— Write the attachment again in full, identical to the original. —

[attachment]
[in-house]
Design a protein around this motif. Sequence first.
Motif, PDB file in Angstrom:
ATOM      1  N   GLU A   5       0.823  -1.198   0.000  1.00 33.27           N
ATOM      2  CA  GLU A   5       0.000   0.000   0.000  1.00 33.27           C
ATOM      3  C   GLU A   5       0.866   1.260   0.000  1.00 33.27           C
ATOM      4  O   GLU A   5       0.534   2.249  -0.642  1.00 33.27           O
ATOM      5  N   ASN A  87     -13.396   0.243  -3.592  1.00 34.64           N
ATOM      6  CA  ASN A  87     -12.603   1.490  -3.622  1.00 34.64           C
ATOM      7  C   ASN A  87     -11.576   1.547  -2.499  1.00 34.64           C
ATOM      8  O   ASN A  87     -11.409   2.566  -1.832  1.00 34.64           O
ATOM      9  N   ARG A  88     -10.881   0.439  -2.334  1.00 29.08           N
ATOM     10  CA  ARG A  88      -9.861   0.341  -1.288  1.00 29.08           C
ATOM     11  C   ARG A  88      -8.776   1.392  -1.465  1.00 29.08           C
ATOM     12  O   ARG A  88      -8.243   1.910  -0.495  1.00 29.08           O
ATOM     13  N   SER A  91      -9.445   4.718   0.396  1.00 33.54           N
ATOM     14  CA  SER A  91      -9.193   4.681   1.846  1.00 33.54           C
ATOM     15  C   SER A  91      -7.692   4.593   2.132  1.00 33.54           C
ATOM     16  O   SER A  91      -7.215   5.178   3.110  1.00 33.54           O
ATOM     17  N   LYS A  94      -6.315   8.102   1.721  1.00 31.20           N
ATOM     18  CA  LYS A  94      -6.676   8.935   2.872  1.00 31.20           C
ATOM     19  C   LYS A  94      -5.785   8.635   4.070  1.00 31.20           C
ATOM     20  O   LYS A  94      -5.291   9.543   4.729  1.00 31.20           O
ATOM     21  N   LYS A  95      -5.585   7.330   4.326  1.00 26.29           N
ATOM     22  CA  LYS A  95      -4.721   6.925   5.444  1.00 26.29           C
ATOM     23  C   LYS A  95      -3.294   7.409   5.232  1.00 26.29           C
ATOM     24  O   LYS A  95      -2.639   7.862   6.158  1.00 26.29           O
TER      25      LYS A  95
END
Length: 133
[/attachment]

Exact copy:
[in-house]
Design a protein around this motif. Sequence first.
Motif, PDB file in Angstrom:
ATOM      1  N   GLU A   5       0.823  -1.198   0.000  1.00 33.27           N
ATOM      2  CA  GLU A   5       0.000   0.000   0.000  1.00 33.27           C
ATOM      3  C   GLU A   5       0.866   1.260   0.000  1.00 33.27           C
ATOM      4  O   GLU A   5       0.534   2.249  -0.642  1.00 33.27           O
ATOM      5  N   ASN A  87     -13.396   0.243  -3.592  1.00 34.64           N
ATOM      6  CA  ASN A  87     -12.603   1.490  -3.622  1.00 34.64           C
ATOM      7  C   ASN A  87     -11.576   1.547  -2.499  1.00 34.64           C
ATOM      8  O   ASN A  87     -11.409   2.566  -1.832  1.00 34.64           O
ATOM      9  N   ARG A  88     -10.881   0.439  -2.334  1.00 29.08           N
ATOM     10  CA  ARG A  88      -9.861   0.341  -1.288  1.00 29.08           C
ATOM     11  C   ARG A  88      -8.776   1.392  -1.465  1.00 29.08           C
ATOM     12  O   ARG A  88      -8.243   1.910  -0.495  1.00 29.08           O
ATOM     13  N   SER A  91      -9.445   4.718   0.396  1.00 33.54           N
ATOM     14  CA  SER A  91      -9.193   4.681   1.846  1.00 33.54           C
ATOM     15  C   SER A  91      -7.692   4.593   2.132  1.00 33.54           C
ATOM     16  O   SER A  91      -7.215   5.178   3.110  1.00 33.54           O
ATOM     17  N   LYS A  94      -6.315   8.102   1.721  1.00 31.20           N
ATOM     18  CA  LYS A  94      -6.676   8.935   2.872  1.00 31.20           C
ATOM     19  C   LYS A  94      -5.785   8.635   4.070  1.00 31.20           C
ATOM     20  O   LYS A  94      -5.291   9.543   4.729  1.00 31.20           O
ATOM     21  N   LYS A  95      -5.585   7.330   4.326  1.00 26.29           N
ATOM     22  CA  LYS A  95      -4.721   6.925   5.444  1.00 26.29           C
ATOM     23  C   LYS A  95      -3.294   7.409   5.232  1.00 26.29           C
ATOM     24  O   LYS A  95      -2.639   7.862   6.158  1.00 26.29           O
TER      25      LYS A  95
END
Length: 133